The NAMM Show appeared busier than ever this year with first-time exhibitors numbering in the dozens, suggesting that the industry-wide economic recovery continues. Yet the marketplace is apparently becoming more polarized, with inexpensive items flying off the shelves and big-ticket, high-quality products also selling very well, according to some retailers, while the middle ground remains a tougher sell.
A cursory glance at the products on display also suggests that the industry is increasingly in the grip of commoditization, with 500 series modules, mobile apps, and cheaper and cheaper entry-level products proliferating. As for music trends, manufacturers catering to Electronic Dance Music artists, DJs, and analog synthesizer enthusiasts were very much in evidence at this show.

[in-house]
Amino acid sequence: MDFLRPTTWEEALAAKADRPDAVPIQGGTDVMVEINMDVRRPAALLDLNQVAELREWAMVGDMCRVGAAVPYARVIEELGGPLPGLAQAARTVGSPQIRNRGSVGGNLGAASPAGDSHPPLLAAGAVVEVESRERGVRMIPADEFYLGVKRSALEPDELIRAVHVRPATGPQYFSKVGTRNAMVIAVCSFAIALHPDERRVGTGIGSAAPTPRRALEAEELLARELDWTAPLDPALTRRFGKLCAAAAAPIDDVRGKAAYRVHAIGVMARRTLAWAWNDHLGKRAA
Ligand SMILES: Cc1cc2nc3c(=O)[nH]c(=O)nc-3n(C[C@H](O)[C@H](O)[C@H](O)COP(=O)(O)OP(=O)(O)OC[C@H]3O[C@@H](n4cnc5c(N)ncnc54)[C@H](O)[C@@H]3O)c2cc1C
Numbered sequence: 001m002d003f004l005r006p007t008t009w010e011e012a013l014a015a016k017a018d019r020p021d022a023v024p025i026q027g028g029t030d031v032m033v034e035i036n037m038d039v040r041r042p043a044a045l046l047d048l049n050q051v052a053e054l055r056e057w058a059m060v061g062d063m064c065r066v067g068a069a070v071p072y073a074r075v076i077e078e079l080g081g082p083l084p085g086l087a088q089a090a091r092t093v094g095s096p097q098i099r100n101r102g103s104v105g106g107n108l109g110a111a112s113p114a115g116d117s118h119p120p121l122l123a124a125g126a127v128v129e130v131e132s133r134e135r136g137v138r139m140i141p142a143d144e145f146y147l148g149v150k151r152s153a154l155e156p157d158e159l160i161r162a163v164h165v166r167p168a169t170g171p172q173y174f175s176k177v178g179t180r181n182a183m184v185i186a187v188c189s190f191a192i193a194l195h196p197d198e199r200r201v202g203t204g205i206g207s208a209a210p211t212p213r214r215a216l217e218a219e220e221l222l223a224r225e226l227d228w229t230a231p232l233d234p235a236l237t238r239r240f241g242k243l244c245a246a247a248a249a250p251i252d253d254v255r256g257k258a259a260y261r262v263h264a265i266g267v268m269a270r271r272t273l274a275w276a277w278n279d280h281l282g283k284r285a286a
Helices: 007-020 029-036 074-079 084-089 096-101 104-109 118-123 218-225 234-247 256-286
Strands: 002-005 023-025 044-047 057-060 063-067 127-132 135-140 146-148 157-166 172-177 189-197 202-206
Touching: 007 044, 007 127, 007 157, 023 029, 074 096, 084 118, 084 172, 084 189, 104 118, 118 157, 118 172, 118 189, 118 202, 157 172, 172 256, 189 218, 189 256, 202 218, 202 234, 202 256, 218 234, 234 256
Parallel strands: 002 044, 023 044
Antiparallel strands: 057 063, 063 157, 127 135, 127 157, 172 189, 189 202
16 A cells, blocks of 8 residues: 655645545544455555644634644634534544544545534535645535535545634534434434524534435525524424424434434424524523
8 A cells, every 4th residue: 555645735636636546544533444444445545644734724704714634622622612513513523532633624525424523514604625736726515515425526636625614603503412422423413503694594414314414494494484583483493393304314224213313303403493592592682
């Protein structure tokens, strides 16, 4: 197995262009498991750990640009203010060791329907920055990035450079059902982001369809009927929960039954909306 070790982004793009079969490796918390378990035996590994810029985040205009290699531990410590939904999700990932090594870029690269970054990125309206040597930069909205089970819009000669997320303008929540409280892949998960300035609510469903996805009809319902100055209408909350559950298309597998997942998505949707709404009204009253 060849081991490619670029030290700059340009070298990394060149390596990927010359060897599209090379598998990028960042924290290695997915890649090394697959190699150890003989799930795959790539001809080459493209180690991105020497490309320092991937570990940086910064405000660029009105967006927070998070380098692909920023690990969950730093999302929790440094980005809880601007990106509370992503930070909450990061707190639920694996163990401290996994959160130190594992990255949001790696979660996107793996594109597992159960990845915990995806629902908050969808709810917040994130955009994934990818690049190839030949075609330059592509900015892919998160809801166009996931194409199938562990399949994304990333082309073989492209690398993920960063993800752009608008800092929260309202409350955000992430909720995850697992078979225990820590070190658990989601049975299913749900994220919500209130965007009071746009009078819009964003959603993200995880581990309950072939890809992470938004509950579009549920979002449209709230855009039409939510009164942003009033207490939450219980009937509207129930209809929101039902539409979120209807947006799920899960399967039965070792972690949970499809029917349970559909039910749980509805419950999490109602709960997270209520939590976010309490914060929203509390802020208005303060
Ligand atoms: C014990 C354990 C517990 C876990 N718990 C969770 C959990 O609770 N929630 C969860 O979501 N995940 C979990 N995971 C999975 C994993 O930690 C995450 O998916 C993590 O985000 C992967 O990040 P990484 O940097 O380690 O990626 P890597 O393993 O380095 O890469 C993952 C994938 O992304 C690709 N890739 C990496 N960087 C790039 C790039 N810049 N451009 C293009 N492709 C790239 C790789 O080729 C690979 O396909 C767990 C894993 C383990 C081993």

Aside from Fender’s surprising announcement late last year that it would begin selling direct via its web site, perhaps the biggest news was Harman’s announcement that it had acquired Melbourne, Australia-based SM Pro Audio. The first results were already on show—a repackage of SM Pro’s Wi-Fi connected uMiX digital mixer presented as the Soundcraft Ui series, with built-in processing from dbx, DigiTech, and Lexicon.
British based ROLI continued to amaze and fascinate in equal measure with pr